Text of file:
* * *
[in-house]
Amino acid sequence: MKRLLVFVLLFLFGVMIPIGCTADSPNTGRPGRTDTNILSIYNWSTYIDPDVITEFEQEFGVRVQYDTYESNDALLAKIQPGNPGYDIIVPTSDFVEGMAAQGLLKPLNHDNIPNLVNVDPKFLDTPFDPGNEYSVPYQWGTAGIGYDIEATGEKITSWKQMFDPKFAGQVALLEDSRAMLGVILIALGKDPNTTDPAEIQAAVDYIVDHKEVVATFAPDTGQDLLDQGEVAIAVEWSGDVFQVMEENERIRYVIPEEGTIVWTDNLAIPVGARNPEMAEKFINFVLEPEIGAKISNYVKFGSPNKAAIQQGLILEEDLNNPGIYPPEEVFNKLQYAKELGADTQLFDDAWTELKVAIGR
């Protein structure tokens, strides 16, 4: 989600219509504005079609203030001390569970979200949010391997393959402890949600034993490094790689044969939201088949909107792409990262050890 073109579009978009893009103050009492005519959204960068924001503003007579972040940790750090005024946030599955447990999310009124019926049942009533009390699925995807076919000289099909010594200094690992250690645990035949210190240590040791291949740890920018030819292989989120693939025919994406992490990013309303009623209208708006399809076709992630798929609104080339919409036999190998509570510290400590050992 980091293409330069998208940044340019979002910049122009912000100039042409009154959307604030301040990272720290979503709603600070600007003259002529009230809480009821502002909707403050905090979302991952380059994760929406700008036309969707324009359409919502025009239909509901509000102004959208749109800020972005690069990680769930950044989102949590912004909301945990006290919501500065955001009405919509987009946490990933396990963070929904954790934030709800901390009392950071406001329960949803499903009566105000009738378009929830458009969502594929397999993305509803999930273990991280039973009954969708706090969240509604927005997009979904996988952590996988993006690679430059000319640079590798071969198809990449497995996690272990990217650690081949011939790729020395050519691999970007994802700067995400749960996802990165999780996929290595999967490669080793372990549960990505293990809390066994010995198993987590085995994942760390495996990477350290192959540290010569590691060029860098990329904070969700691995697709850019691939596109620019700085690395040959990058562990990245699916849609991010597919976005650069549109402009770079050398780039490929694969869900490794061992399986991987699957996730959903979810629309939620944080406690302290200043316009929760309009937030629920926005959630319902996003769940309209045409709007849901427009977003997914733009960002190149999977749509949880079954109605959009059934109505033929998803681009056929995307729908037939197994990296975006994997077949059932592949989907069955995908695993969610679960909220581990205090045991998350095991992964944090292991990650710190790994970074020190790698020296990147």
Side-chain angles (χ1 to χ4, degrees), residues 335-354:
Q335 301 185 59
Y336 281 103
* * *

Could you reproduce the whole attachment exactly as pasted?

[in-house]
Amino acid sequence: MKRLLVFVLLFLFGVMIPIGCTADSPNTGRPGRTDTNILSIYNWSTYIDPDVITEFEQEFGVRVQYDTYESNDALLAKIQPGNPGYDIIVPTSDFVEGMAAQGLLKPLNHDNIPNLVNVDPKFLDTPFDPGNEYSVPYQWGTAGIGYDIEATGEKITSWKQMFDPKFAGQVALLEDSRAMLGVILIALGKDPNTTDPAEIQAAVDYIVDHKEVVATFAPDTGQDLLDQGEVAIAVEWSGDVFQVMEENERIRYVIPEEGTIVWTDNLAIPVGARNPEMAEKFINFVLEPEIGAKISNYVKFGSPNKAAIQQGLILEEDLNNPGIYPPEEVFNKLQYAKELGADTQLFDDAWTELKVAIGR
């Protein structure tokens, strides 16, 4: 989600219509504005079609203030001390569970979200949010391997393959402890949600034993490094790689044969939201088949909107792409990262050890 073109579009978009893009103050009492005519959204960068924001503003007579972040940790750090005024946030599955447990999310009124019926049942009533009390699925995807076919000289099909010594200094690992250690645990035949210190240590040791291949740890920018030819292989989120693939025919994406992490990013309303009623209208708006399809076709992630798929609104080339919409036999190998509570510290400590050992 980091293409330069998208940044340019979002910049122009912000100039042409009154959307604030301040990272720290979503709603600070600007003259002529009230809480009821502002909707403050905090979302991952380059994760929406700008036309969707324009359409919502025009239909509901509000102004959208749109800020972005690069990680769930950044989102949590912004909301945990006290919501500065955001009405919509987009946490990933396990963070929904954790934030709800901390009392950071406001329960949803499903009566105000009738378009929830458009969502594929397999993305509803999930273990991280039973009954969708706090969240509604927005997009979904996988952590996988993006690679430059000319640079590798071969198809990449497995996690272990990217650690081949011939790729020395050519691999970007994802700067995400749960996802990165999780996929290595999967490669080793372990549960990505293990809390066994010995198993987590085995994942760390495996990477350290192959540290010569590691060029860098990329904070969700691995697709850019691939596109620019700085690395040959990058562990990245699916849609991010597919976005650069549109402009770079050398780039490929694969869900490794061992399986991987699957996730959903979810629309939620944080406690302290200043316009929760309009937030629920926005959630319902996003769940309209045409709007849901427009977003997914733009960002190149999977749509949880079954109605959009059934109505033929998803681009056929995307729908037939197994990296975006994997077949059932592949989907069955995908695993969610679960909220581990205090045991998350095991992964944090292991990650710190790994970074020190790698020296990147």
Side-chain angles (χ1 to χ4, degrees), residues 335-354:
Q335 301 185 59
Y336 281 103